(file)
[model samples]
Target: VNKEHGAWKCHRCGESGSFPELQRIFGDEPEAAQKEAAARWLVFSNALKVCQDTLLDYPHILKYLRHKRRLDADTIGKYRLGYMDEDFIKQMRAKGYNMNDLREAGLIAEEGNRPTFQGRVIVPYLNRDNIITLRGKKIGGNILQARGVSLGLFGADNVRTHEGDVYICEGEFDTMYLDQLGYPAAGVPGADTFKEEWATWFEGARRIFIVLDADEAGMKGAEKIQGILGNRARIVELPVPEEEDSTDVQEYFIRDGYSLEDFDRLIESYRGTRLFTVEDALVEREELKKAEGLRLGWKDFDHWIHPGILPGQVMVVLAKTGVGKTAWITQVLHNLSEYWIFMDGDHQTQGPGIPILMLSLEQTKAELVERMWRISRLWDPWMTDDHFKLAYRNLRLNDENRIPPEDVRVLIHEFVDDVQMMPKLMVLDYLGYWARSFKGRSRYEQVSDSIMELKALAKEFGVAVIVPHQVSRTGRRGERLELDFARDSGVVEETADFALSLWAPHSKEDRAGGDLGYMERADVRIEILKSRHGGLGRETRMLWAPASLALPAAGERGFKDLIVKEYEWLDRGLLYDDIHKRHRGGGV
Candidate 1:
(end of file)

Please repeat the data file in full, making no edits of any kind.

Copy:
[model samples]
Target: VNKEHGAWKCHRCGESGSFPELQRIFGDEPEAAQKEAAARWLVFSNALKVCQDTLLDYPHILKYLRHKRRLDADTIGKYRLGYMDEDFIKQMRAKGYNMNDLREAGLIAEEGNRPTFQGRVIVPYLNRDNIITLRGKKIGGNILQARGVSLGLFGADNVRTHEGDVYICEGEFDTMYLDQLGYPAAGVPGADTFKEEWATWFEGARRIFIVLDADEAGMKGAEKIQGILGNRARIVELPVPEEEDSTDVQEYFIRDGYSLEDFDRLIESYRGTRLFTVEDALVEREELKKAEGLRLGWKDFDHWIHPGILPGQVMVVLAKTGVGKTAWITQVLHNLSEYWIFMDGDHQTQGPGIPILMLSLEQTKAELVERMWRISRLWDPWMTDDHFKLAYRNLRLNDENRIPPEDVRVLIHEFVDDVQMMPKLMVLDYLGYWARSFKGRSRYEQVSDSIMELKALAKEFGVAVIVPHQVSRTGRRGERLELDFARDSGVVEETADFALSLWAPHSKEDRAGGDLGYMERADVRIEILKSRHGGLGRETRMLWAPASLALPAAGERGFKDLIVKEYEWLDRGLLYDDIHKRHRGGGV
Candidate 1: